March 20, 2003
NASHVILLE -- As President Bush told the nation the United States had launched a strike on Iraq, the Brentwood Hills Church of Christ in Nashville opened its doors to the community to watch on two big screens -- and to pray.
About 15 people were on hand Wednesday night to pray for the troops and the nation's leaders during a 30-minute service after Bush's speech.
"I really hate that we had to do this," said church member Tom Hinton, 68, a former Marine. "It worries me. This chemical warfare is something different. ... I'm not as gung-ho as I was 50 years ago. But we've got to get rid of this dictator, there's no question about it."
In New York -- the city where the Sept. 11, 2001, attack started the U.S. war on terror -- people greeted the start of military action against Saddam Hussein with both support and sadness.
"I'm all for it. You had to live here to understand it. We lost everything you can imagine," said Vince Diamonde, 55, who was walking near the World Trade Center site with his wife and son.
Not everyone agreed.
"It's a sad day in the history of the world. Our president is in violation of international principles," said the Rev. Lucius Walker Jr., pastor of Salvation Baptist Church in Brooklyn and executive director of New York-based Pastors for Peace.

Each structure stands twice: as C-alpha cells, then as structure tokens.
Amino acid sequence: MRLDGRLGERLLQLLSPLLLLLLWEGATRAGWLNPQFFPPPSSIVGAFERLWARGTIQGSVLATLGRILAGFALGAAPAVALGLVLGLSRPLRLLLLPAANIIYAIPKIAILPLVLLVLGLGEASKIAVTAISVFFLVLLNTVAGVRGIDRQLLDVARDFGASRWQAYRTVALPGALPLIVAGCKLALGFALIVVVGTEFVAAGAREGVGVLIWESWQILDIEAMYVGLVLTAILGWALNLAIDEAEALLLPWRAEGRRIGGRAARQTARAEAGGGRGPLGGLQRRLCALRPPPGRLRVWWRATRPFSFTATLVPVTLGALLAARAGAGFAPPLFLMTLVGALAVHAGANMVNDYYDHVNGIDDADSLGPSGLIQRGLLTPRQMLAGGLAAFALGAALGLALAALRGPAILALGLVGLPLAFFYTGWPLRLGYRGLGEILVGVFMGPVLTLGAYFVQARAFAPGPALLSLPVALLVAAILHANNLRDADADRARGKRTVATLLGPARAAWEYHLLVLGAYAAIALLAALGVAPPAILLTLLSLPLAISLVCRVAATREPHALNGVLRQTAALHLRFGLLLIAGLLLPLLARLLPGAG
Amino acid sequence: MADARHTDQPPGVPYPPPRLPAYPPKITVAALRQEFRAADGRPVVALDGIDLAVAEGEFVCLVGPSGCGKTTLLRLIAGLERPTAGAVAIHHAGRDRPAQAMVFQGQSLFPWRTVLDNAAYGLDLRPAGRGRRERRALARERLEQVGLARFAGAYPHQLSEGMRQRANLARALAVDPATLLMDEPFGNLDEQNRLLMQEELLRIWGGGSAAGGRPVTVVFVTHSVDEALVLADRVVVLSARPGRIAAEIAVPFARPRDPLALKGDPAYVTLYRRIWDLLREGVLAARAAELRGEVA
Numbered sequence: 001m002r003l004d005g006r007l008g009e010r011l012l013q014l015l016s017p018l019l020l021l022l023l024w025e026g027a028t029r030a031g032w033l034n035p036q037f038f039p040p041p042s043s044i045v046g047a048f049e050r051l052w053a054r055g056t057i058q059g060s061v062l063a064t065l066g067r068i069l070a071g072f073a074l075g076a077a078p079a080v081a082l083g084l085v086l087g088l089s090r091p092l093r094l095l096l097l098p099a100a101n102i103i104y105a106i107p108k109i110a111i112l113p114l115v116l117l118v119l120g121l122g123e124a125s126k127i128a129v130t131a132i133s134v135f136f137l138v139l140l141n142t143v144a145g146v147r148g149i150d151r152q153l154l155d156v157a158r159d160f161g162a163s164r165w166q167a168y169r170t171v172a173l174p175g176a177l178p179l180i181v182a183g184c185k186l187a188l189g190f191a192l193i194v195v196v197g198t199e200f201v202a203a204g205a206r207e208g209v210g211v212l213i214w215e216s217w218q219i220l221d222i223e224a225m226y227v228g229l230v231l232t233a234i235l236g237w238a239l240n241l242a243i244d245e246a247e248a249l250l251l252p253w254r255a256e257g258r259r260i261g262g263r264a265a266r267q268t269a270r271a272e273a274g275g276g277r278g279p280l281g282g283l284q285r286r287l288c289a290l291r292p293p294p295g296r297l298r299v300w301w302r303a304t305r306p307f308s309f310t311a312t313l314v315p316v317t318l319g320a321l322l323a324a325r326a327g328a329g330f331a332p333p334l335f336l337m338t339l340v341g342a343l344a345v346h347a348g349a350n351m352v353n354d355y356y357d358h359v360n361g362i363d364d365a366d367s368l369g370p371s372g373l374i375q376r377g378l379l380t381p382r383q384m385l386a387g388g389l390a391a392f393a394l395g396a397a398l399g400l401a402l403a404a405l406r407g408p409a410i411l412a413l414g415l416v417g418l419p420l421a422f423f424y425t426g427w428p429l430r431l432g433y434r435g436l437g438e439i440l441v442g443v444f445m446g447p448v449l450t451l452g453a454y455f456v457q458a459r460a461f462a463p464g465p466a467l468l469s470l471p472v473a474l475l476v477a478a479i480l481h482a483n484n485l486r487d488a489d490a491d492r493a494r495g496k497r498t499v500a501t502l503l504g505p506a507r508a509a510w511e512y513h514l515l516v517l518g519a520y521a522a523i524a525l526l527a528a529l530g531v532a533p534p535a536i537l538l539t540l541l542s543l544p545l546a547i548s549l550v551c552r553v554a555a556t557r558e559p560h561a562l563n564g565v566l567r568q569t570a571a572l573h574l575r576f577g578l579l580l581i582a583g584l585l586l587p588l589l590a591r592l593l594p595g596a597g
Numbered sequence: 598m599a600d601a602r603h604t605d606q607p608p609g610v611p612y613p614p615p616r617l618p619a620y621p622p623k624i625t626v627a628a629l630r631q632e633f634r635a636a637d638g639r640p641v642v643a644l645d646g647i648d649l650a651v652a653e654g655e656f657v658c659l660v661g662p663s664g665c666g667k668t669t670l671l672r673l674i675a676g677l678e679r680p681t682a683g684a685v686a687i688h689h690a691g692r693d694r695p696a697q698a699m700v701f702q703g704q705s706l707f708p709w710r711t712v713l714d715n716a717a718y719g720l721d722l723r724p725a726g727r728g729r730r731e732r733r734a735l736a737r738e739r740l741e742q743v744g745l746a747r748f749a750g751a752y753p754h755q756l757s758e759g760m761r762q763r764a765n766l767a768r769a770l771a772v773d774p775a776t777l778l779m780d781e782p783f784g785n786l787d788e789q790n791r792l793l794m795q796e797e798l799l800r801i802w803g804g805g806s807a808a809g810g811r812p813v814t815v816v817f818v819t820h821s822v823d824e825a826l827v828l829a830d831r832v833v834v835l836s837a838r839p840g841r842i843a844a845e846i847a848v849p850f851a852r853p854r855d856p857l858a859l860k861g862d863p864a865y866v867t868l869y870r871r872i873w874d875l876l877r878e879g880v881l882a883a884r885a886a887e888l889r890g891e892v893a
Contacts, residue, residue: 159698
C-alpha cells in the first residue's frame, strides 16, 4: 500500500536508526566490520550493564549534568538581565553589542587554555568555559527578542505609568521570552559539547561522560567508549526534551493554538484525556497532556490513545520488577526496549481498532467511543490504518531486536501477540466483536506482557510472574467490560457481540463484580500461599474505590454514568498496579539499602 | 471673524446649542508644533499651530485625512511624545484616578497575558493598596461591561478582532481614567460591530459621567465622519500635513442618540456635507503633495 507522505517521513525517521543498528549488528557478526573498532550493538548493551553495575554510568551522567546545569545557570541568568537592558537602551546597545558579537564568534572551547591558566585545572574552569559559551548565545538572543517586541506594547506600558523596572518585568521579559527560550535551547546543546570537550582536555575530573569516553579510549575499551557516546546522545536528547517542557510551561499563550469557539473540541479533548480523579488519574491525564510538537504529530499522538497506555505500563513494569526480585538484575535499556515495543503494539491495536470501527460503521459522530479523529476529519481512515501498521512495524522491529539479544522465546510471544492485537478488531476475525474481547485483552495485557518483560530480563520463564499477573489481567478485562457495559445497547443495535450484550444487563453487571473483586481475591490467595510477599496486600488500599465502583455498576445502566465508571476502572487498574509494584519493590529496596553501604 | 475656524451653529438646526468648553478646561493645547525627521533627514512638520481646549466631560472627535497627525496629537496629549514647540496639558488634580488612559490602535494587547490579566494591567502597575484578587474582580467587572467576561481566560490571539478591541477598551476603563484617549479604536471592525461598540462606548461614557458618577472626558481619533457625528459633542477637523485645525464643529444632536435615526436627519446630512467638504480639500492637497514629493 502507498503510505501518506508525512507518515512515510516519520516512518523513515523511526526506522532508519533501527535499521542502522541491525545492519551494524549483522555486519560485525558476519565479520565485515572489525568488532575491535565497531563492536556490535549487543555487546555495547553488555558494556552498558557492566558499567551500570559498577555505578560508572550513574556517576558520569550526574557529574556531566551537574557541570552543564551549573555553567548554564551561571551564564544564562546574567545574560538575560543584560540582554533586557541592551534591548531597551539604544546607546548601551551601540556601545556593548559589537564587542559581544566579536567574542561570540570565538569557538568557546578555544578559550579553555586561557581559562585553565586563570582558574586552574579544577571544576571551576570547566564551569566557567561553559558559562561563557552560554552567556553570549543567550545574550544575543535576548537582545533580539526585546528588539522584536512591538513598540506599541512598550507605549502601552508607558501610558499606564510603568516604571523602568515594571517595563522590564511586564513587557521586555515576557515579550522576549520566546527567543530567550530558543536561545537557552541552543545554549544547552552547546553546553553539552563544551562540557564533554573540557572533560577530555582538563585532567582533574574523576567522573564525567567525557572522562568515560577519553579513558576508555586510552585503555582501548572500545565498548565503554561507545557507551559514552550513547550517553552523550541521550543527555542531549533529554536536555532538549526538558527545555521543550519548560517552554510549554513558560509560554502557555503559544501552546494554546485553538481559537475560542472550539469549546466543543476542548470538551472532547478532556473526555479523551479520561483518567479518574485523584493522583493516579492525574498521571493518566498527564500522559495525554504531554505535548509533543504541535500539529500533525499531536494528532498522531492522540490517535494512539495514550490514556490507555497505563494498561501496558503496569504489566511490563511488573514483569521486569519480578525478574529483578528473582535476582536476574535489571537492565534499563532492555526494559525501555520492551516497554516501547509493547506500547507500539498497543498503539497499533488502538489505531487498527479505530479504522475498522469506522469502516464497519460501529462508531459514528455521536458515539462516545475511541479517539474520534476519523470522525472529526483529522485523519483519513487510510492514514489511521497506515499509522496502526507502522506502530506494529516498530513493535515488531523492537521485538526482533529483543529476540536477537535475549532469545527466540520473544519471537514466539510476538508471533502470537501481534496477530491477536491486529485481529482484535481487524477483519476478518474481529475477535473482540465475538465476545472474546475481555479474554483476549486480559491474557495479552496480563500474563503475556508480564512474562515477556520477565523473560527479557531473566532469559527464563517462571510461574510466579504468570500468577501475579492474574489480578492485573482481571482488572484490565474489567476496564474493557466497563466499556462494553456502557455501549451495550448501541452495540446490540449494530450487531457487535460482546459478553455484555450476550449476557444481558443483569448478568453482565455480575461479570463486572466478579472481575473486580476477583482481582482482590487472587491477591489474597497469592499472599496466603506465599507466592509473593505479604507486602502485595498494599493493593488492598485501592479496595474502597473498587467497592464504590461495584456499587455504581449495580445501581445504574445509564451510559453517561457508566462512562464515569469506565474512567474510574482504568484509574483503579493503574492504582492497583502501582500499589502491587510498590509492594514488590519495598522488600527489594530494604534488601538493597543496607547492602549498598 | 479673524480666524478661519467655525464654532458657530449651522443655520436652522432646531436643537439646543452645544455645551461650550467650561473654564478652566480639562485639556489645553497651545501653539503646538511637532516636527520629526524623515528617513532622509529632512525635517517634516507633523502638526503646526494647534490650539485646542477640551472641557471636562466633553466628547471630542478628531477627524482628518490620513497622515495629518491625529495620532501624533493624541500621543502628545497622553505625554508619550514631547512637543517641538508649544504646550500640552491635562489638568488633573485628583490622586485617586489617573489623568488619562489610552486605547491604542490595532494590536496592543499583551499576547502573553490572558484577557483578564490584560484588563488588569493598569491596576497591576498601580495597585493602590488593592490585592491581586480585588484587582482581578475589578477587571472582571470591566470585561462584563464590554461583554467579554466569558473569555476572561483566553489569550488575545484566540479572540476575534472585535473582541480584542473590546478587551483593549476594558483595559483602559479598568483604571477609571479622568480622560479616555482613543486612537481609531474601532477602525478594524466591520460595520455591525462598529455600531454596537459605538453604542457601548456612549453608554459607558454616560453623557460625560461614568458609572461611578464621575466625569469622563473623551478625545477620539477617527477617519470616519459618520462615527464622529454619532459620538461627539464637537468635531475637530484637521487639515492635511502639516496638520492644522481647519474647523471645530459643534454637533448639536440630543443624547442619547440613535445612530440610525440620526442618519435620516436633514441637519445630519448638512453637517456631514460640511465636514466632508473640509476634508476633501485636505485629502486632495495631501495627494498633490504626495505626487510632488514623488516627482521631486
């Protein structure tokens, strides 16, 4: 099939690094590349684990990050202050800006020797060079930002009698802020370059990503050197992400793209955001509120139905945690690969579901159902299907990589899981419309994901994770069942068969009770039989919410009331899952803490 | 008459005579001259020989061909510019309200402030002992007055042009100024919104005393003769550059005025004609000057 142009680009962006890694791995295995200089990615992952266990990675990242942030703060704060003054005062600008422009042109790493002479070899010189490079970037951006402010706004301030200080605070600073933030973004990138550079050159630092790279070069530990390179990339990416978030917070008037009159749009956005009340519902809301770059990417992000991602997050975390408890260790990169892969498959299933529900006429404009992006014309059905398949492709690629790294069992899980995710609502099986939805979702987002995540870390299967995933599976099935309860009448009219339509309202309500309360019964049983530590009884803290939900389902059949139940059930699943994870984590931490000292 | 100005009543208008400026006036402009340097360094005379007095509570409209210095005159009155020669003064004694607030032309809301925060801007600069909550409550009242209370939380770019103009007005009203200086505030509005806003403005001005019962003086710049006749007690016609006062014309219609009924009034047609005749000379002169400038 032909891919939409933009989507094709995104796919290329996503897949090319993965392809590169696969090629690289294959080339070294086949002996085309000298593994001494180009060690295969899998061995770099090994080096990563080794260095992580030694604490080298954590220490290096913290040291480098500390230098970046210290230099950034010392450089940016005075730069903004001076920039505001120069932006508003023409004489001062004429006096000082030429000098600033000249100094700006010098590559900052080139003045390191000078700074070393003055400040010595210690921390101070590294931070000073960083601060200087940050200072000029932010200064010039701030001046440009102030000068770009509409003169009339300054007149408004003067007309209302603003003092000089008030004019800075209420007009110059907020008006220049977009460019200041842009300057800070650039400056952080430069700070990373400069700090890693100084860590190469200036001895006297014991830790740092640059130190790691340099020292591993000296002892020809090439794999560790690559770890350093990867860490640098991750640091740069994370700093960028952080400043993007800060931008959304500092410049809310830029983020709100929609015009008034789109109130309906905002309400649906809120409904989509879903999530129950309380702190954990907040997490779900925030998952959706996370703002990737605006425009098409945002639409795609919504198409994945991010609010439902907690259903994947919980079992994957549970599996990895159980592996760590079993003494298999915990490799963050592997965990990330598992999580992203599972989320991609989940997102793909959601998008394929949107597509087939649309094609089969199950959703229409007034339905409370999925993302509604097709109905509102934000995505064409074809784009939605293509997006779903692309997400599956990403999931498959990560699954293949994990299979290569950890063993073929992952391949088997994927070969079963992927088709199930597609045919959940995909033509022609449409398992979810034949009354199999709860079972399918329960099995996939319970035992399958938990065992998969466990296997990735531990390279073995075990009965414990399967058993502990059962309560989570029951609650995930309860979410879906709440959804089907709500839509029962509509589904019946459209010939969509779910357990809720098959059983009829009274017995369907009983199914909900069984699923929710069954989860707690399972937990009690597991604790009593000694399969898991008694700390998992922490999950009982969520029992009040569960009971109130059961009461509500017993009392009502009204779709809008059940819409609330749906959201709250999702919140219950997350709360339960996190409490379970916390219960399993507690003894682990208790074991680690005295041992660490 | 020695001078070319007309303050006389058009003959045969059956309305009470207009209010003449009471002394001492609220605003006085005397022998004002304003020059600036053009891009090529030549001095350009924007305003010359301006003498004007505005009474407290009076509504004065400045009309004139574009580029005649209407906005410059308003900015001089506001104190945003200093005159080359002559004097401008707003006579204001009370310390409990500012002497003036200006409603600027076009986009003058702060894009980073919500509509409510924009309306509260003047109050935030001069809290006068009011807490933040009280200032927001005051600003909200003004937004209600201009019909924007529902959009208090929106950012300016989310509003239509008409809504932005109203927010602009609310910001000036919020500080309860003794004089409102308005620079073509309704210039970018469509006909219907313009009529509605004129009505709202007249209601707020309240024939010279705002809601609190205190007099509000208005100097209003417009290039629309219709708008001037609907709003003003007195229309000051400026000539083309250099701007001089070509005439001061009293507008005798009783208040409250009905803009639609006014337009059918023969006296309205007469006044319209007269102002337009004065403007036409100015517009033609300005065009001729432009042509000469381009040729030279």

In New Orleans, a basketball game between the New Orleans Hornets and the New York Knicks was stopped for a short time to allow the crowd to watch the president's address on big-screen televisions. Many fans stood and applauded before play resumed.
In San Diego, Suzanne Hoefler said she could only think of her husband, Navy Petty Officer John Hoefler, who left in January for the Persian Gulf.
"I thought I was prepared for this, but I'm really not," she said.
For veterans of the Persian Gulf War, the news brought back vivid memories. Jeff McGill of Louisville, Ky., remembers the desert night set aglow by the synchronized launching of missiles from U.S. warships. And David Worley, also of Louisville, recalls the hungry and haggard Iraqi soldiers, shell-shocked by weeks of bombing, surrendering in droves.
"It doesn't surprise me that we've had to go back in," said McGill, who was a seaman aboard the battleship USS Wisconsin in 1991. "I wish we could have taken care of it the first time and we wouldn't have to do all this again."
As Bush's speech came over the television Wednesday night in Portland, Ore., a few patrons at Rialto, a downtown bar, billiards hall and betting parlor, jeered at the screen.
"How many people are going to die? What does this have to do with the twin towers in New York? It's a huge distraction that is going to cost thousands of lives," patron Hank Lazenby said.